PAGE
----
12 Years After ‘Hell Week', Bay Area Mother Who Lost Son to Hazing Vows to Change College Culture

It's been over 12 years since Chico State University student Matt Carrington died in a gruesome fraternity hazing ritual. 

It was a chilly February night during "Hell Week" — a 5-day hazing spree — when the 21-year-old pledge was ordered to do calisthenics in the sewage-soaked basement of the Chi Tau fraternity house.

For hours, fraternity brothers forced Carrington and another student to drink water from a five-gallon jug, which they repeatedly refilled. Large fans blasted the two pledges with icy cold air as they vomited and urinated on themselves. 

Later that night, Carrington collapsed, drained of life-sustaining electrolytes. It would be more than an hour before anyone would call for help. The water intoxication ritual — a 20-year tradition at the fraternity — caused swelling of his brain, seizures and, ultimately, heart failure.

Carrington's mother, Debbie Smith, relives that day over and over: a voice on the phone telling her that Carrington was critically ill, jumping in the car and racing to the Chico hospital only to arrive too late, identifying her son as he lay on a cold gurney.

It all amounts to a briar patch of painful memories and her only recourse has been to find purpose from within the thicket. 

Debbie Smith
Matt Carrington, 21, died as a result of a fraternity hazing ritual while attending Chico State University.

"That was the instant that our lives changed ... it's separated into before that day and after that day," Smith said in a recent interview at her Pleasant Hill home, where framed pictures of Carrington and her youngest son, Travis, are perched on almost every surface in the living room. “And it took a while for us to get to this place, where we could talk about it.” 

Once hounded by the press, Smith is now courting it in hopes of raising awareness about her burgeoning advocacy group called the Anti-Hazing Awareness Movement or AHA! Movement for short. She successfully petitioned five Bay Area cities — Concord, Clayton, Martinez, Pleasant Hill and Pittsburg — to designate July as Anti-Hazing Awareness Month. And, on August 25, she is hosting what she hopes will be a massive fundraiser to sustain future advocacy work in middle schools.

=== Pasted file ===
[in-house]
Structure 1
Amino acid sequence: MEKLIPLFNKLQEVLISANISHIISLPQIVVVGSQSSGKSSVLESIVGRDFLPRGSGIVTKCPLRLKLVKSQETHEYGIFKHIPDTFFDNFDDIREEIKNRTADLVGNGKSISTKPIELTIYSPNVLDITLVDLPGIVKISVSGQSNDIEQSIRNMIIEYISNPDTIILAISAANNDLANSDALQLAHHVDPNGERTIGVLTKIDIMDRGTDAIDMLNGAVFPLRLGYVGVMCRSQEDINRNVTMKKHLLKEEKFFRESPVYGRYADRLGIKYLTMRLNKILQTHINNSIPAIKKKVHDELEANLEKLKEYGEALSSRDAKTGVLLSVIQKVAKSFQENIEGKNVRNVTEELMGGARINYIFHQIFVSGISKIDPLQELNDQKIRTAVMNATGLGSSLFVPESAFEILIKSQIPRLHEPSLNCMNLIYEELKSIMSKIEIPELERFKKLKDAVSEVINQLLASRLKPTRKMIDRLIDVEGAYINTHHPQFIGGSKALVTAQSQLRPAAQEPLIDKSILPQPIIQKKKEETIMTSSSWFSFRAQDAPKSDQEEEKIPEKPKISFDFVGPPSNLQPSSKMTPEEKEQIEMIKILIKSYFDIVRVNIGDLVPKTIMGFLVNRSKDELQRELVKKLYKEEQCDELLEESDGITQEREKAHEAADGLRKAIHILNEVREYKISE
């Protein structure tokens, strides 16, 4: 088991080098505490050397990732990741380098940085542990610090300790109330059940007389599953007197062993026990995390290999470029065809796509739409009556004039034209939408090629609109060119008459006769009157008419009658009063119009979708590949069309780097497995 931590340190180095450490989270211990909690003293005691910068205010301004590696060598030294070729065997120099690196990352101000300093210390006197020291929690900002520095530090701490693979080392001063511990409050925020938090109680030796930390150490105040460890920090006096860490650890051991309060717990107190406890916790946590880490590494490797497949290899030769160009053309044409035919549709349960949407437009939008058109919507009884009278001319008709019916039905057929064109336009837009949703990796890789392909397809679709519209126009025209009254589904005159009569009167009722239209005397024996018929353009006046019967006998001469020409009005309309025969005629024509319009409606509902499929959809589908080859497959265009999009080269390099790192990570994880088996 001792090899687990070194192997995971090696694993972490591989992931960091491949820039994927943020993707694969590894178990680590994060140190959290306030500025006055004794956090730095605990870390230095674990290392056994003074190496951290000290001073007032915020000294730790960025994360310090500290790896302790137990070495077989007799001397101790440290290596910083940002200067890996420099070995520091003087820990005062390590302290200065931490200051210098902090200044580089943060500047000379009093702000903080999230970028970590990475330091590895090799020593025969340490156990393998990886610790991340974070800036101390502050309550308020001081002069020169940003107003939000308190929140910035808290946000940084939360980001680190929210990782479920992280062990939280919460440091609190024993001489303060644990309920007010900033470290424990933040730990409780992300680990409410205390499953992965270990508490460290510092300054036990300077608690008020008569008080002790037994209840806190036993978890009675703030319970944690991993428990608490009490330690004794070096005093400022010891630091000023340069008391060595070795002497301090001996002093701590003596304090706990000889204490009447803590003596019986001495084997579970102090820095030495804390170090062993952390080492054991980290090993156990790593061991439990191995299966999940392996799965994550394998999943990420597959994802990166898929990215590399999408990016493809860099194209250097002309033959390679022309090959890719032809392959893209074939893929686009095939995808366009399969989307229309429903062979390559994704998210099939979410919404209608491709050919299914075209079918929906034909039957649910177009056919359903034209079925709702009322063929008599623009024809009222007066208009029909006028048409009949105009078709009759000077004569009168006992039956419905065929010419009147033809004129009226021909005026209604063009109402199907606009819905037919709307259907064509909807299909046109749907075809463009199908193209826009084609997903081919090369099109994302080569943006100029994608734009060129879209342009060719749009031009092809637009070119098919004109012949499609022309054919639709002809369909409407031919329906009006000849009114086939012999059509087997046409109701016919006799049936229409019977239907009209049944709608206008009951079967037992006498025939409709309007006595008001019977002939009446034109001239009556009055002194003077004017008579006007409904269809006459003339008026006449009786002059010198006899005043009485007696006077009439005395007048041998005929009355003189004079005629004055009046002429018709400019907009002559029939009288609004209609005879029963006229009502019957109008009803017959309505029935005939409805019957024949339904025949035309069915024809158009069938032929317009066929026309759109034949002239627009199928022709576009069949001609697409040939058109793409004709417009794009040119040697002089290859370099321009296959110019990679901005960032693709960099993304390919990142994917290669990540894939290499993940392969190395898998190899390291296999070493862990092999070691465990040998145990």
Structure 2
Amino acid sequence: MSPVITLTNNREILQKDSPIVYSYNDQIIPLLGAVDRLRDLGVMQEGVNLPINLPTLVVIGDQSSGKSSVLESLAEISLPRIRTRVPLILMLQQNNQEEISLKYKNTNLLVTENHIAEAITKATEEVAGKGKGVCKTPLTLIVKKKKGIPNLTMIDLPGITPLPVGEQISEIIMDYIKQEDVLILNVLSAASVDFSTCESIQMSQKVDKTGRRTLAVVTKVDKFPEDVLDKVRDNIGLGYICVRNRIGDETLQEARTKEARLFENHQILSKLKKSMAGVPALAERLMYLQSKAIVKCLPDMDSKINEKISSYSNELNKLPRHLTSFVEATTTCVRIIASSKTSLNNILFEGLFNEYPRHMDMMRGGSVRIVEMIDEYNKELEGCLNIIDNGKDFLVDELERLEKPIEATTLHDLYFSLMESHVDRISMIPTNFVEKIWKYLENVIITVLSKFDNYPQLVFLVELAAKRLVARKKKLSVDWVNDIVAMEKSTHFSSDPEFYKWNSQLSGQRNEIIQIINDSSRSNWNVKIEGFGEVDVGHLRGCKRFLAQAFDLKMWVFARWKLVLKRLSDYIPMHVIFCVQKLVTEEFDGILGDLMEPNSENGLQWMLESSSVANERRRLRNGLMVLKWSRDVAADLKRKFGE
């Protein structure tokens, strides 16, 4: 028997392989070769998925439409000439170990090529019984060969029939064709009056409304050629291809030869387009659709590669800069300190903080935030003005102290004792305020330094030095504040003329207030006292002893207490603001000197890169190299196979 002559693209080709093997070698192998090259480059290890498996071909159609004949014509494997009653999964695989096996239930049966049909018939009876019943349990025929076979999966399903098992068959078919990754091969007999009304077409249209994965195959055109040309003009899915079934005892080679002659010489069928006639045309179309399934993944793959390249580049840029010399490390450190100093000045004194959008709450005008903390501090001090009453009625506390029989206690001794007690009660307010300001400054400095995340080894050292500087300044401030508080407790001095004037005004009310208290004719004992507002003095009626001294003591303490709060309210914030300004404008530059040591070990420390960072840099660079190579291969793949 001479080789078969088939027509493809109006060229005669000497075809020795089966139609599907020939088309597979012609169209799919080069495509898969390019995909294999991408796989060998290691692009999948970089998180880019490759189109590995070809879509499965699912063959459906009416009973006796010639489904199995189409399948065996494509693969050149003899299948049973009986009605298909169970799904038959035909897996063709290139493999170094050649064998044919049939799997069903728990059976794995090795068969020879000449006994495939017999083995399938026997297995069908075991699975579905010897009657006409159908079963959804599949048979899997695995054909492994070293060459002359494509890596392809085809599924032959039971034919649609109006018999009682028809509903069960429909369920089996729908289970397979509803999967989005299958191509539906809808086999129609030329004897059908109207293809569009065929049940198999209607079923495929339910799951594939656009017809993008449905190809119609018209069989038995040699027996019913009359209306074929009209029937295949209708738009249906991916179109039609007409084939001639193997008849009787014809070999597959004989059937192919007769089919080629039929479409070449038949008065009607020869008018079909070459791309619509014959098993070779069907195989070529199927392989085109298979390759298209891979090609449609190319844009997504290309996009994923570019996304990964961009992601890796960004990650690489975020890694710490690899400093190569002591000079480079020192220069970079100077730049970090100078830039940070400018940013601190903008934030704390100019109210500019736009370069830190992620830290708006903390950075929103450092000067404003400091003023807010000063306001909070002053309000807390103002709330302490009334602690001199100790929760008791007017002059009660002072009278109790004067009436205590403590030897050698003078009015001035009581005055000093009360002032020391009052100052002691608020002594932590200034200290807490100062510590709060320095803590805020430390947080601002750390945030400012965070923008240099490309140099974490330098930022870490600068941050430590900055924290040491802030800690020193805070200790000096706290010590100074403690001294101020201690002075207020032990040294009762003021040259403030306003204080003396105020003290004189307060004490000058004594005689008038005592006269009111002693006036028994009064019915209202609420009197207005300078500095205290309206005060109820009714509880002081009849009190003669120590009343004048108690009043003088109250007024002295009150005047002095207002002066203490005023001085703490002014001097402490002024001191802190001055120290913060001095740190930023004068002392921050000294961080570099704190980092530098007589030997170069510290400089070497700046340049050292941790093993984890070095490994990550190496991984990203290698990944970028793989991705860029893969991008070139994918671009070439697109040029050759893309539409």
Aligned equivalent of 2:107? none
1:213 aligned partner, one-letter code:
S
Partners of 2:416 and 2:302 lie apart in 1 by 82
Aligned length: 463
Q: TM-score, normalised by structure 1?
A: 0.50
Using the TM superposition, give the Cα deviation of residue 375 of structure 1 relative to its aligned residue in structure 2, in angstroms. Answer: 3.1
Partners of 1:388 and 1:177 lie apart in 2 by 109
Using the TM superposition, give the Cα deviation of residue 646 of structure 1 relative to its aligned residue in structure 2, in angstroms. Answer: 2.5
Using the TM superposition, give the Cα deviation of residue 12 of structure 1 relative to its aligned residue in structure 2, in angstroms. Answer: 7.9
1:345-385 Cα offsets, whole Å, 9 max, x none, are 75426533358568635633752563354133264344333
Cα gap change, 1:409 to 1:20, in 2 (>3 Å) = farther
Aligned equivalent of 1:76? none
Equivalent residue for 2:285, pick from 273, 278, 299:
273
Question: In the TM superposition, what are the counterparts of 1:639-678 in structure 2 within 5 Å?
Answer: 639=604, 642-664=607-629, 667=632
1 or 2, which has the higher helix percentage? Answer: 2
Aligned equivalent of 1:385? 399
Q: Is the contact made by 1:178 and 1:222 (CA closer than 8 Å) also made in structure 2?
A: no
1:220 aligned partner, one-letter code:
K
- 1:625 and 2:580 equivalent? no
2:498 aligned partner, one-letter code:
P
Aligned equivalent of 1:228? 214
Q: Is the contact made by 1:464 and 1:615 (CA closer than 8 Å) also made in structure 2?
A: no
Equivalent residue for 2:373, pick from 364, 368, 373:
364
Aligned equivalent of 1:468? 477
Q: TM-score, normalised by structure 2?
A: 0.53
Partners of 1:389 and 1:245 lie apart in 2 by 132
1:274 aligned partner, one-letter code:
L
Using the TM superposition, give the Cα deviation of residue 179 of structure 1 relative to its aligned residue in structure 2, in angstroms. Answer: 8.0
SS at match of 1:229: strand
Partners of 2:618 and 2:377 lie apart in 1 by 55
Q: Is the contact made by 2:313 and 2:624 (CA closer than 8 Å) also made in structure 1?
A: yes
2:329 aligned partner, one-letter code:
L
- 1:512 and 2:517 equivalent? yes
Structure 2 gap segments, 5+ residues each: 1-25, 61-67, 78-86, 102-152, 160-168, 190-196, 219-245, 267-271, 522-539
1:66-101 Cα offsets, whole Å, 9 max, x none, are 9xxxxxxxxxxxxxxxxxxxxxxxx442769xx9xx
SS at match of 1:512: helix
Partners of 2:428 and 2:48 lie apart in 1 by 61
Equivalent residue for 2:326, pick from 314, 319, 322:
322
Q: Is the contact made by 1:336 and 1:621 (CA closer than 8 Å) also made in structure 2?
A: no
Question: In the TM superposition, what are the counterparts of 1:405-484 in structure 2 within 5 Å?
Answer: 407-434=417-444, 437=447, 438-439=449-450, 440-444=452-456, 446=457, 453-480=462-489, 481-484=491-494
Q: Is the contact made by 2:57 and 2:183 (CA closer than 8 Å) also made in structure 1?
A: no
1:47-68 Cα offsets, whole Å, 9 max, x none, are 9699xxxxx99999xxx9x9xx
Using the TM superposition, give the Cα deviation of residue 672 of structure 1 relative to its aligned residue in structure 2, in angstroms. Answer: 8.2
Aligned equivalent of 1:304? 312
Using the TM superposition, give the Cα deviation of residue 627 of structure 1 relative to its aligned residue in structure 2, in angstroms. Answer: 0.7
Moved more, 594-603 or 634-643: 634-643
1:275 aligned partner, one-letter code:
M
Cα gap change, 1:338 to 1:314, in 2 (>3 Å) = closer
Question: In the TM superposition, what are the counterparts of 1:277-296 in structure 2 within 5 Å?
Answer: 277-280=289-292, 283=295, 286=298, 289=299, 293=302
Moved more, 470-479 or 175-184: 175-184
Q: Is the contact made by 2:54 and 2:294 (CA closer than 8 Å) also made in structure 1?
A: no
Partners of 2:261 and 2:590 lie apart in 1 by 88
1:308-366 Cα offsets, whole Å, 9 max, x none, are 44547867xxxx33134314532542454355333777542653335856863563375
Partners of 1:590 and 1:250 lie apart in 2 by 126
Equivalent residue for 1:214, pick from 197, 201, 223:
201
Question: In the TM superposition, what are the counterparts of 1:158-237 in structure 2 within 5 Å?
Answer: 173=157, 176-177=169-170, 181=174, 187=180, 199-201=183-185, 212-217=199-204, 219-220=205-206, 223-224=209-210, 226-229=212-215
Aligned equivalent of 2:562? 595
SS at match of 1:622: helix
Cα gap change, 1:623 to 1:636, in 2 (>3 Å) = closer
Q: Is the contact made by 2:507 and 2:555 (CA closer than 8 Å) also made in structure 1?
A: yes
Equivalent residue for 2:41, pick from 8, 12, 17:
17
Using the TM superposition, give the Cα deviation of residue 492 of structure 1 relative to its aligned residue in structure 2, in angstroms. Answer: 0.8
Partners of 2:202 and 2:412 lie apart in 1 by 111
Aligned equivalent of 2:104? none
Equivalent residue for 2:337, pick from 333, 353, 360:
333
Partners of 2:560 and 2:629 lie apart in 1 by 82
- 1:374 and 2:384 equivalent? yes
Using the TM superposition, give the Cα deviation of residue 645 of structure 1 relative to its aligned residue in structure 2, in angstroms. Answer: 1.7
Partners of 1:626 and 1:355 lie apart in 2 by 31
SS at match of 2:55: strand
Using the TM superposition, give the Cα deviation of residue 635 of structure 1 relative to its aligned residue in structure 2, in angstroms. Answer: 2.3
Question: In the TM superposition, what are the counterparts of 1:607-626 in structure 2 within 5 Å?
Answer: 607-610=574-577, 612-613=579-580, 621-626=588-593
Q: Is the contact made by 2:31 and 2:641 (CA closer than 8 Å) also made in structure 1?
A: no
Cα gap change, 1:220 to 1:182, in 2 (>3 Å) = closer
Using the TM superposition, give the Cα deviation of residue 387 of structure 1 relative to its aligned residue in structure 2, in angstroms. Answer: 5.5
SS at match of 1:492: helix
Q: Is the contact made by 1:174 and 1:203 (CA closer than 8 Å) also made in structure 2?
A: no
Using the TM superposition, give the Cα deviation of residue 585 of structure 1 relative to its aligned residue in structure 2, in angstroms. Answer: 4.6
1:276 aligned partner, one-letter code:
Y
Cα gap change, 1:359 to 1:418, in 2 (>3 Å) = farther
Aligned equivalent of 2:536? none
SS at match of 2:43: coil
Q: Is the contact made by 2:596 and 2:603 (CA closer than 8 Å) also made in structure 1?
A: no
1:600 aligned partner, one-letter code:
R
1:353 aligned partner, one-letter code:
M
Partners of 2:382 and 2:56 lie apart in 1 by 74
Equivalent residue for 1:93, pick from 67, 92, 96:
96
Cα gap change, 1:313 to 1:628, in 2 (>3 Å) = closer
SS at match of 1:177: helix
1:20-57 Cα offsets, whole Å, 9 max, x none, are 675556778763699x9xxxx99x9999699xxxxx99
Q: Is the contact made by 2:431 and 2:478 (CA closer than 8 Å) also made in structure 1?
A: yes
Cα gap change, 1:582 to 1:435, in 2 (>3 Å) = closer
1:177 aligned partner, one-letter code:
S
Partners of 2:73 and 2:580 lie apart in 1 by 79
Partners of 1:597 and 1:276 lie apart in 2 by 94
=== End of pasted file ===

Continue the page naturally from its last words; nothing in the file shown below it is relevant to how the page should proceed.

To her credit, Smith has already made extraordinary strides. “Matt’s Law,” the famous piece of California legislation that allows for felony prosecution in hazing cases, was inspired by her son’s death. She lobbied hard for its passage in 2006. But that law only focuses on what happens after a hazing accident has occurred, and Smith is laser-focused on prevention. She has spent countless hours pouring over research about hazing, becoming a reluctant expert on a topic that, through her eldest son's absence, haunts her daily. 

“When it happened, I didn’t even know there was anything called a 'Hell Week,'” Smith said. “We didn’t know what they were talking about. So, right off the bat, I realized I was going to have to learn what hazing was so that I could educate others.” 

Friends and family describe Smith’s mission as unrelenting — if there’s a new case, a new study, she knows about it. Her son, Travis, said he admired her tenacity and unwavering dedication to both her family and her advocacy. 

“When it first happened, she wanted to make sure everyone else was good in the family,” Travis said. “That was her first priority. And then when she decided to tackle 'Matt’s Law,' she did all of that while still making sure that everyone else was OK.” 

Debbie Smith
Debbie Smith